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Tess of the D'Urbervilles (Paperback)
Tess of the D’Ubervilles, Thomas Hardy and George Eliot’s Middlemarch both revolve around 19th century English mores, particularly as they speak to both the constricted lives of peasant women (“Tess of the D’Ubervilles”) and the gentry (“Middlemarch”. Tess can never outrun her shadow and the privileged women of Middlemarch are equally tethered to strict rules of acceptable behavior. At least Eliot in her engrossing story makes clear that men are nearly as hidebound as women.— From Dave
Tess of the D’Ubervilles, Thomas Hardy and George Eliot’s Middlemarch both revolve around 19th century English mores, particularly as they speak to both the constricted lives of peasant women (“Tess of the D’Ubervilles”) and the gentry (“Middlemarch”. Tess can never outrun her shadow and the privileged women of Middlemarch are equally tethered to strict rules of acceptable behavior. At least Eliot in her engrossing story makes clear that men are nearly as hidebound as women. ~ Dave— From Staff Favorites 2019
A heartbreaking portrayal of a woman faced by an impossible choice in the pursuit of happiness
When Tess Durbeyfield is driven by family poverty to claim kinship with the wealthy D'Urbervilles and seek a portion of their family fortune, meeting her 'cousin' Alec proves to be her downfall. A very different man, Angel Clare, seems to offer her love and salvation, but Tess must choose whether to reveal her past or remain silent in the hope of a peaceful future. With its sensitive depiction of the wronged Tess and powerful criticism of social convention, Tess of the D'Urbervilles, subtitled "A Pure Woman," is one of the most moving and poetic of Hardy's novels.
Based on the three-volume first edition that shocked readers when first published in 1891, this edition includes as appendices: Hardy's Prefaces, the Landscapes of Tess, episodes originally censored from the Graphic periodical version, and a selection of the Graphic illustrations.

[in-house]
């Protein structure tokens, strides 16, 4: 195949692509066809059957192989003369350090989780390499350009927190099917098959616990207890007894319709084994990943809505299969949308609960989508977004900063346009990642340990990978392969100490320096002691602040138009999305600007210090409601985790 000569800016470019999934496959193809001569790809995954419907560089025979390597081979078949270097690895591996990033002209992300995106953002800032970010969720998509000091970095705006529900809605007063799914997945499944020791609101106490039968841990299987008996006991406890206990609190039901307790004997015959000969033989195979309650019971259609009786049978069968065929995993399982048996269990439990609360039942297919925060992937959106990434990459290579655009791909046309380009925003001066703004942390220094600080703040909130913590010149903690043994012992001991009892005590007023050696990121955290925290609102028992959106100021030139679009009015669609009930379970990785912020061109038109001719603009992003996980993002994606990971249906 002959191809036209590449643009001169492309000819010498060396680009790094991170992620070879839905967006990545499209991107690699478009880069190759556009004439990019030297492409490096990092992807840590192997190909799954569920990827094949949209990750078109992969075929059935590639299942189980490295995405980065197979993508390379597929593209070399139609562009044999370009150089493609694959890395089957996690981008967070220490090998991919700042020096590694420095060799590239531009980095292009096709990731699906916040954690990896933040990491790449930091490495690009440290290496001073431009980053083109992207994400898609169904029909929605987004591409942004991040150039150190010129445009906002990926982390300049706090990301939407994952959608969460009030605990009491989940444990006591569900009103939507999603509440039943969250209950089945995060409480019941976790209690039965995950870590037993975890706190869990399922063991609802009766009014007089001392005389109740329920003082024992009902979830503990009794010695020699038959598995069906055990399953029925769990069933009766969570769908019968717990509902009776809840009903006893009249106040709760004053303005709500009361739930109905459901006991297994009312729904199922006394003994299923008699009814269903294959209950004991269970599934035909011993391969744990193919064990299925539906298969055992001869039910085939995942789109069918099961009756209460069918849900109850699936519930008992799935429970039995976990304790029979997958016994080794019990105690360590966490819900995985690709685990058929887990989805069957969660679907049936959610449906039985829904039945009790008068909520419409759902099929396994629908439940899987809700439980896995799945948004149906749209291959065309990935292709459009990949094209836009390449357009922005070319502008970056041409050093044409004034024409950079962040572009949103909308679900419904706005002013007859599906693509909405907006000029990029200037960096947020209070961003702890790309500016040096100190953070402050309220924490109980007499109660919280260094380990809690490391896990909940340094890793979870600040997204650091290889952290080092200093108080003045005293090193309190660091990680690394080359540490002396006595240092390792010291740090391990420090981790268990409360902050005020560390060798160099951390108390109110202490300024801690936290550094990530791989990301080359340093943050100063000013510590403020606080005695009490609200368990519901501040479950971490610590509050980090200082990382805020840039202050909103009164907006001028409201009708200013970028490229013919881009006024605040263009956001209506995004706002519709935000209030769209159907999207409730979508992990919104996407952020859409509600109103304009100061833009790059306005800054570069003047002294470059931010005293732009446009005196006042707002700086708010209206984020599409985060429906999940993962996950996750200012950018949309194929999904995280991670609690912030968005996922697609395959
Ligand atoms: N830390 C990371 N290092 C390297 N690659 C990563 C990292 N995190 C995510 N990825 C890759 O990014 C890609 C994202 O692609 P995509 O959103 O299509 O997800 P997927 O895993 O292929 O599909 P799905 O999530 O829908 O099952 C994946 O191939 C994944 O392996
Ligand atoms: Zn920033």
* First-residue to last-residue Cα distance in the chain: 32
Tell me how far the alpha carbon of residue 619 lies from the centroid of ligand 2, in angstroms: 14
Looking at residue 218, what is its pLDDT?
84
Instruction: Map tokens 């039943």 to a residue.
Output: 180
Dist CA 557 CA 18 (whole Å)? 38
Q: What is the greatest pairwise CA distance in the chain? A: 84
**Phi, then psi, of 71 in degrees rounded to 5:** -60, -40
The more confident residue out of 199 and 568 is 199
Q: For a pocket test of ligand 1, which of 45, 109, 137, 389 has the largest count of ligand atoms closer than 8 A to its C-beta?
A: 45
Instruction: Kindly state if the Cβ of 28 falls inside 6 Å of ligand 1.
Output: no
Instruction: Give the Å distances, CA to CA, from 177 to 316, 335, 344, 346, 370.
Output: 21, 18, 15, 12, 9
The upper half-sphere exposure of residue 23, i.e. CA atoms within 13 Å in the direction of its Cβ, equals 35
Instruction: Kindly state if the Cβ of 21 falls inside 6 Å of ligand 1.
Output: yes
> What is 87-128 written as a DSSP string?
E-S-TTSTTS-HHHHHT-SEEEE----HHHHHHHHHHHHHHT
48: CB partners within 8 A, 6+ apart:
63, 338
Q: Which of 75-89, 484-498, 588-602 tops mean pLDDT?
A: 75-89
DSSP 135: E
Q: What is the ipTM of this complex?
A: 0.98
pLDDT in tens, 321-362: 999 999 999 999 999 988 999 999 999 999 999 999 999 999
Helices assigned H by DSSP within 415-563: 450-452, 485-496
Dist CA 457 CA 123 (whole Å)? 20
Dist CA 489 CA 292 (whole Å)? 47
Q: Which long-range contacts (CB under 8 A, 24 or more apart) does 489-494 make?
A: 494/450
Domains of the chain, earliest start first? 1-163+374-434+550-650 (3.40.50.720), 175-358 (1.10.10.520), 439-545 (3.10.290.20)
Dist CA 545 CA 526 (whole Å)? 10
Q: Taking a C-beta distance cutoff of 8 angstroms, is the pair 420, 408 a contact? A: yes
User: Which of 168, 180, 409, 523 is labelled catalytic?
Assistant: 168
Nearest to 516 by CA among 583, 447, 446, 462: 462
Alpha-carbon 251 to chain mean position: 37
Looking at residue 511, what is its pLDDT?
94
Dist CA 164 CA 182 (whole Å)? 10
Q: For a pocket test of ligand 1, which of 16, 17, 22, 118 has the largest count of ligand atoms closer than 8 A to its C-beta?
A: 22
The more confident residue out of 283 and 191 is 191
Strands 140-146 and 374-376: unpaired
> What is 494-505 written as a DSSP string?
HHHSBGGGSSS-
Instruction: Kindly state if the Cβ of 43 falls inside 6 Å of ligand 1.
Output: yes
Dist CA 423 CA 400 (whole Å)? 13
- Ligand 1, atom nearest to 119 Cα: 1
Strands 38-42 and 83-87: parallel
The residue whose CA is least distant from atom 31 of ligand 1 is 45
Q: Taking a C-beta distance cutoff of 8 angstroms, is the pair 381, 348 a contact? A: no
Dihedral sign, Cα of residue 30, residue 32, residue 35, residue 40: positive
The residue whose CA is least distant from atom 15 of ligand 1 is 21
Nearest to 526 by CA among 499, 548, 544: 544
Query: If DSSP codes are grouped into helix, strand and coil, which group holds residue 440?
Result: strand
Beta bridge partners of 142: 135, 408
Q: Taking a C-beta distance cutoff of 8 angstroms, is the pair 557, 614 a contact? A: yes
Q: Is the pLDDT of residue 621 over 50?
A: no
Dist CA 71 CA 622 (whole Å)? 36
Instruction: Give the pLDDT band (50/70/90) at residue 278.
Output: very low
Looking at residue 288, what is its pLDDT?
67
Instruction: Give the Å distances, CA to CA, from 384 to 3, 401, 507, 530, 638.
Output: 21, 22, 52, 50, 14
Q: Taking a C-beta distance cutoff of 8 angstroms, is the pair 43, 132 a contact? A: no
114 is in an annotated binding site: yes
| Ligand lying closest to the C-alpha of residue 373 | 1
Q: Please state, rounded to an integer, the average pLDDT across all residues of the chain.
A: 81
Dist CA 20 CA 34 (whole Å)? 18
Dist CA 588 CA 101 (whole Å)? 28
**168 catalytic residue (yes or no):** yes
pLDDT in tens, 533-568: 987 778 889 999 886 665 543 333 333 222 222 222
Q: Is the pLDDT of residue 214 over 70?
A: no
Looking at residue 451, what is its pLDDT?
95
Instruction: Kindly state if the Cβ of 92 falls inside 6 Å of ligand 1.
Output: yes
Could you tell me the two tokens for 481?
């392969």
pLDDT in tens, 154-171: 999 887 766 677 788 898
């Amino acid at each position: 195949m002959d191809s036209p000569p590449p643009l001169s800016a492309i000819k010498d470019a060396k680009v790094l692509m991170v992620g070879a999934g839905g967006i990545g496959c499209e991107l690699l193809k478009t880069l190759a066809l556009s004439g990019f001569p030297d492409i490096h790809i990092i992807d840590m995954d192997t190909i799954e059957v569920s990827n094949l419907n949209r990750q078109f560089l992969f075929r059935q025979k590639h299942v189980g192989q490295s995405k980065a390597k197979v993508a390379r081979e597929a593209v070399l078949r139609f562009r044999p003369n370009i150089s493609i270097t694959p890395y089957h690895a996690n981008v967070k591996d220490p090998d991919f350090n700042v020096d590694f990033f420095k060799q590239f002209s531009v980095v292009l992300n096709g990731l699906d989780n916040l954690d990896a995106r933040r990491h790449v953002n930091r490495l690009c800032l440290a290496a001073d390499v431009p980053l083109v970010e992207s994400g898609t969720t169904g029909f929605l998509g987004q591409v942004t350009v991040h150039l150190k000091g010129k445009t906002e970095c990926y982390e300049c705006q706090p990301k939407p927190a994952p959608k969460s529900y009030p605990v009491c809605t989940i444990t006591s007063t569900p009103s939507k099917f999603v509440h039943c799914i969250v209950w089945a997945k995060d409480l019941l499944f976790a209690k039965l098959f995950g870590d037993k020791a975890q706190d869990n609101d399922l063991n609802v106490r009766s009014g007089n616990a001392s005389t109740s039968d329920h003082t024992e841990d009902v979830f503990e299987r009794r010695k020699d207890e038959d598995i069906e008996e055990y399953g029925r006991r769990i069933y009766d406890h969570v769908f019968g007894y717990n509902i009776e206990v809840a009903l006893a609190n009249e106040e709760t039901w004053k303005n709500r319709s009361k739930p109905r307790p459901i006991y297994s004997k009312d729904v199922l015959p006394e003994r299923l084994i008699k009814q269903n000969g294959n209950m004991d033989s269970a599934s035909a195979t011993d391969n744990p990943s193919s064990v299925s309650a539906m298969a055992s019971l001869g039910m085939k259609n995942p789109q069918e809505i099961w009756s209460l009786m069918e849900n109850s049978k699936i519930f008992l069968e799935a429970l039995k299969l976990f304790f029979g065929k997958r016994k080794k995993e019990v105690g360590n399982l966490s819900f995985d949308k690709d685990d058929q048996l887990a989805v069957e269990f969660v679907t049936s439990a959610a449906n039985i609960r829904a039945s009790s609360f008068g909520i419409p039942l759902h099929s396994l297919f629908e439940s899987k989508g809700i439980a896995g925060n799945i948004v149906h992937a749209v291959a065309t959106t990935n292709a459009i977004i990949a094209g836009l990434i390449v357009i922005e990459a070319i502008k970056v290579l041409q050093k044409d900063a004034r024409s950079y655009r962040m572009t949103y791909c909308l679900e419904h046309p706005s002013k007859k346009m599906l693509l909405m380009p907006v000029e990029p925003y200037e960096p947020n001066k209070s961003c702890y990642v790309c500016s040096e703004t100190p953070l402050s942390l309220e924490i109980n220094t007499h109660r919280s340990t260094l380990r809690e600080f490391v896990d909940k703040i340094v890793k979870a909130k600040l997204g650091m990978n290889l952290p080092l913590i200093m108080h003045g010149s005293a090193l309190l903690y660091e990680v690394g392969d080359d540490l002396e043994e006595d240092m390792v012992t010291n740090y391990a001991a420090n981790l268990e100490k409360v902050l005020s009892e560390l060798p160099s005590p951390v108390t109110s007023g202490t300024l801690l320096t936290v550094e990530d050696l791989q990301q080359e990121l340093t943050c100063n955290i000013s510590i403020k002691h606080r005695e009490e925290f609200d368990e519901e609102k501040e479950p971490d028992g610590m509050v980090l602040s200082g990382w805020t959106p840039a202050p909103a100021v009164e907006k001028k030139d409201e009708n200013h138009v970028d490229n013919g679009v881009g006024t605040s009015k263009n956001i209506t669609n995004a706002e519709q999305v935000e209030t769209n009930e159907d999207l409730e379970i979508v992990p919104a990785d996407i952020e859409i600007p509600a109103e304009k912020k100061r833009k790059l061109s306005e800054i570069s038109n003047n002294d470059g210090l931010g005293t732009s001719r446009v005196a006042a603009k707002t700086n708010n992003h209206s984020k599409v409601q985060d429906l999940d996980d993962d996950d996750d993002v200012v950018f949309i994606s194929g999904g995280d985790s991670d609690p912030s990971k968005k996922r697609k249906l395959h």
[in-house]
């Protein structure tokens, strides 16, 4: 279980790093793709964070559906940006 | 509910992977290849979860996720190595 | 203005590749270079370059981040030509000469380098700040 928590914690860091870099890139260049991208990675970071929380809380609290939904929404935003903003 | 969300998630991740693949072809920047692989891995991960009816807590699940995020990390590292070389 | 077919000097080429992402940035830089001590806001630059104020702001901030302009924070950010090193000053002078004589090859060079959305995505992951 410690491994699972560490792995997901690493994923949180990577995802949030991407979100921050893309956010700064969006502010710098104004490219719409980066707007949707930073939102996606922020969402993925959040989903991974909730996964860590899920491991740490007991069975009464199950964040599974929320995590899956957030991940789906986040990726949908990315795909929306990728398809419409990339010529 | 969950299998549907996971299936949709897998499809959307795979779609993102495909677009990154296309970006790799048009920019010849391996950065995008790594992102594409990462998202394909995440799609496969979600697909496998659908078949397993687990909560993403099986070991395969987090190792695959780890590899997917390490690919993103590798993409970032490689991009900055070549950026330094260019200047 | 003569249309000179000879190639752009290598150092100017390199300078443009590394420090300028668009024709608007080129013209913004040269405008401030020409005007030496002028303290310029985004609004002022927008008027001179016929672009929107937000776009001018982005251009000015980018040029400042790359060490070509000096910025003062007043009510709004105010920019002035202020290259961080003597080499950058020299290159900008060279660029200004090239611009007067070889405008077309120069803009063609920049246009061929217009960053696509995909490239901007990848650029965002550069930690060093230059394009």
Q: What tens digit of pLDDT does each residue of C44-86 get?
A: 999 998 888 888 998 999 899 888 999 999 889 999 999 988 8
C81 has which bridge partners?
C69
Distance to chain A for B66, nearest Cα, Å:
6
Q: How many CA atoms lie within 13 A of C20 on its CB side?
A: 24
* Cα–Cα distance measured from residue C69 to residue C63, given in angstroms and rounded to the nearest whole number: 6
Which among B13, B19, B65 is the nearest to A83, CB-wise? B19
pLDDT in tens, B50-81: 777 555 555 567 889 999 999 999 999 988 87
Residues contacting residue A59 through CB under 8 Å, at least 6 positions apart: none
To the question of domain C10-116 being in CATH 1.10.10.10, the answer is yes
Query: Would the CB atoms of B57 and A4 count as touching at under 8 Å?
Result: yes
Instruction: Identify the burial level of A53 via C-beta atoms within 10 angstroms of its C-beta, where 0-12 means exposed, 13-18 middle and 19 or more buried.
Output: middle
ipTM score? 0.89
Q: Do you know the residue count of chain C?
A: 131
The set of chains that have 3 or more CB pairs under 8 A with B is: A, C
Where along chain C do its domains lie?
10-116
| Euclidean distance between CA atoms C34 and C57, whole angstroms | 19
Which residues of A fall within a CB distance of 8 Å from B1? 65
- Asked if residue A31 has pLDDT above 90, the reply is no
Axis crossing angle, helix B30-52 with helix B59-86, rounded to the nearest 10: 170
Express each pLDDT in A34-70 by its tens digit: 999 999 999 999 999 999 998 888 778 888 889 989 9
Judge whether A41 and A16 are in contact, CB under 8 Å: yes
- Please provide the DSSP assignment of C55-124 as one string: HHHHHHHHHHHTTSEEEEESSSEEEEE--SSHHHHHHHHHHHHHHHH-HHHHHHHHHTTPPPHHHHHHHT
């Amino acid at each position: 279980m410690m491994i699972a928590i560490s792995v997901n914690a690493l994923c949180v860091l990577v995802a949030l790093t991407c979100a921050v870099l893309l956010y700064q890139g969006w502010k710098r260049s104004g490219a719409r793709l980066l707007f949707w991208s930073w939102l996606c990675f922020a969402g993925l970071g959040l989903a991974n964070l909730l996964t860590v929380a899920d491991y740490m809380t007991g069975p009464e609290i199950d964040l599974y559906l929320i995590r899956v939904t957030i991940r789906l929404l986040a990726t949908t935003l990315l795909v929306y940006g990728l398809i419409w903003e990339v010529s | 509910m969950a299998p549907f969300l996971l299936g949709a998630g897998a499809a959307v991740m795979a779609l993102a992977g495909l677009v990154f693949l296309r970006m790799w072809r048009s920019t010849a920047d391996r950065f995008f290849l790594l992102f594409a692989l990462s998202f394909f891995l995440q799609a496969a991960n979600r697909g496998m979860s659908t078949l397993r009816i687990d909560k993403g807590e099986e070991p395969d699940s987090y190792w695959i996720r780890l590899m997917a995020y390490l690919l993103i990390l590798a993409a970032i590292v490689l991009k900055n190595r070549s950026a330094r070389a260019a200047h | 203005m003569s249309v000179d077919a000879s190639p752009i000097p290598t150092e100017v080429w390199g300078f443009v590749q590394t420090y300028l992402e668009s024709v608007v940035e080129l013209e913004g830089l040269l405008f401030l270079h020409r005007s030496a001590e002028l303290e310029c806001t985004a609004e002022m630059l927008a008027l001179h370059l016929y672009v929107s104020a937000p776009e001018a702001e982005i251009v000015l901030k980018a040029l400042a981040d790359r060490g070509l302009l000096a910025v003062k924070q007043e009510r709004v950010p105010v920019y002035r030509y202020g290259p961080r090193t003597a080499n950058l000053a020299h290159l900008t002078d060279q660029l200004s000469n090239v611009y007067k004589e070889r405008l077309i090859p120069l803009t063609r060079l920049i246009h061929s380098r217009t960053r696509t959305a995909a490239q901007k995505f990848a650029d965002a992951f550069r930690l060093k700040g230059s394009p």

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About the Author
Thomas Hardy (1840-1928) immortalized the site of his birth—Egdon Heath, in Dorset, near Dorchester—in his writing. Delicate as a child, he was taught at home by his mother before he attended grammar school. At sixteen, Hardy was apprenticed to an architect, and for many years, architecture was his profession; in his spare time, he pursued his first and last literary love, poetry. Finally convinced that he could earn his living as an author, he retired from architecture, married, and devoted himself to writing. An extremely productive novelist, Hardy published an important book every year or two. In 1896, disturbed by the public outcry over the unconventional subjects of his two greatest novels—Tess of the D’Urbervilles and Jude the Obscure—he announced that he was giving up fiction and afterward produced only poetry. In later years, he received many honors. He was buried in Poet’s Corner, in Westminster Abbey. It was as a poet that he wished to be remembered, but today critics regard his novels as his most memorable contribution to English literature for their psychological insight, decisive delineation of character, and profound presentation of tragedy.
Tim Dolin teaches English at the University of Newcastle, New South Wales.
Margaret R. Higonnet teaches English and Comparative Literature at the University of Connecticut.
“[Tess of the D’Urbervilles is] Hardy’s finest, most complex and most notorious novel . . . The novel is not a mere plea for compassion for the eternal victim, though that is the banner it flies. It also involves a profound questioning of contemporary morality.” –from the Introduction by Patricia Ingham